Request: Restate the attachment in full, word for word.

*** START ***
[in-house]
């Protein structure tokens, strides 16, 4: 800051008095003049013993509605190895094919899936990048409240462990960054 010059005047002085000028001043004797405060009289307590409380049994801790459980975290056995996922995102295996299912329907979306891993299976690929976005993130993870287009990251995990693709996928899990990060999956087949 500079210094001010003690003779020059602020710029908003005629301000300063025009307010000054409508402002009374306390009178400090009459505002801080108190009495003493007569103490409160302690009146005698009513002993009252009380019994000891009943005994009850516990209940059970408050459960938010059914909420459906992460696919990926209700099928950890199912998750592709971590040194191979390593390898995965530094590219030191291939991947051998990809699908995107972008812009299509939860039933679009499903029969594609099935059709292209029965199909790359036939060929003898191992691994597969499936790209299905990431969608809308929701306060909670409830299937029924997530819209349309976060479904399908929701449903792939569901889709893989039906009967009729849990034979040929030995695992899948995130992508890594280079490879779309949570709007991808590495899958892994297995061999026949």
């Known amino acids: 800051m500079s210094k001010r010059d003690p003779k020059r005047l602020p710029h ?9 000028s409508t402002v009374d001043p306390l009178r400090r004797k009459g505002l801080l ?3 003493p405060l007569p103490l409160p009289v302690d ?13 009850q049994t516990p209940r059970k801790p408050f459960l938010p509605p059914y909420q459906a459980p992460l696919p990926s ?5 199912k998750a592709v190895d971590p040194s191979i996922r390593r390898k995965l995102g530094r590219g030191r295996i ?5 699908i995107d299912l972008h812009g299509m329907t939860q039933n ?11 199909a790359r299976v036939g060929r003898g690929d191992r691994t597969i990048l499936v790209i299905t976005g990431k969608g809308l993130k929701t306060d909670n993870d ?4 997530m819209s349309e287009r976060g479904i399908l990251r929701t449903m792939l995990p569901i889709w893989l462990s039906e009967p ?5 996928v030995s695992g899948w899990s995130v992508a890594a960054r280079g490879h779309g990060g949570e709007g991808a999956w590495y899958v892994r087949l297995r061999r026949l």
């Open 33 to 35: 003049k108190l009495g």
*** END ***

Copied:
[in-house]
């Protein structure tokens, strides 16, 4: 800051008095003049013993509605190895094919899936990048409240462990960054 010059005047002085000028001043004797405060009289307590409380049994801790459980975290056995996922995102295996299912329907979306891993299976690929976005993130993870287009990251995990693709996928899990990060999956087949 500079210094001010003690003779020059602020710029908003005629301000300063025009307010000054409508402002009374306390009178400090009459505002801080108190009495003493007569103490409160302690009146005698009513002993009252009380019994000891009943005994009850516990209940059970408050459960938010059914909420459906992460696919990926209700099928950890199912998750592709971590040194191979390593390898995965530094590219030191291939991947051998990809699908995107972008812009299509939860039933679009499903029969594609099935059709292209029965199909790359036939060929003898191992691994597969499936790209299905990431969608809308929701306060909670409830299937029924997530819209349309976060479904399908929701449903792939569901889709893989039906009967009729849990034979040929030995695992899948995130992508890594280079490879779309949570709007991808590495899958892994297995061999026949």
């Known amino acids: 800051m500079s210094k001010r010059d003690p003779k020059r005047l602020p710029h ?9 000028s409508t402002v009374d001043p306390l009178r400090r004797k009459g505002l801080l ?3 003493p405060l007569p103490l409160p009289v302690d ?13 009850q049994t516990p209940r059970k801790p408050f459960l938010p509605p059914y909420q459906a459980p992460l696919p990926s ?5 199912k998750a592709v190895d971590p040194s191979i996922r390593r390898k995965l995102g530094r590219g030191r295996i ?5 699908i995107d299912l972008h812009g299509m329907t939860q039933n ?11 199909a790359r299976v036939g060929r003898g690929d191992r691994t597969i990048l499936v790209i299905t976005g990431k969608g809308l993130k929701t306060d909670n993870d ?4 997530m819209s349309e287009r976060g479904i399908l990251r929701t449903m792939l995990p569901i889709w893989l462990s039906e009967p ?5 996928v030995s695992g899948w899990s995130v992508a890594a960054r280079g490879h779309g990060g949570e709007g991808a999956w590495y899958v892994r087949l297995r061999r026949l």
């Open 33 to 35: 003049k108190l009495g």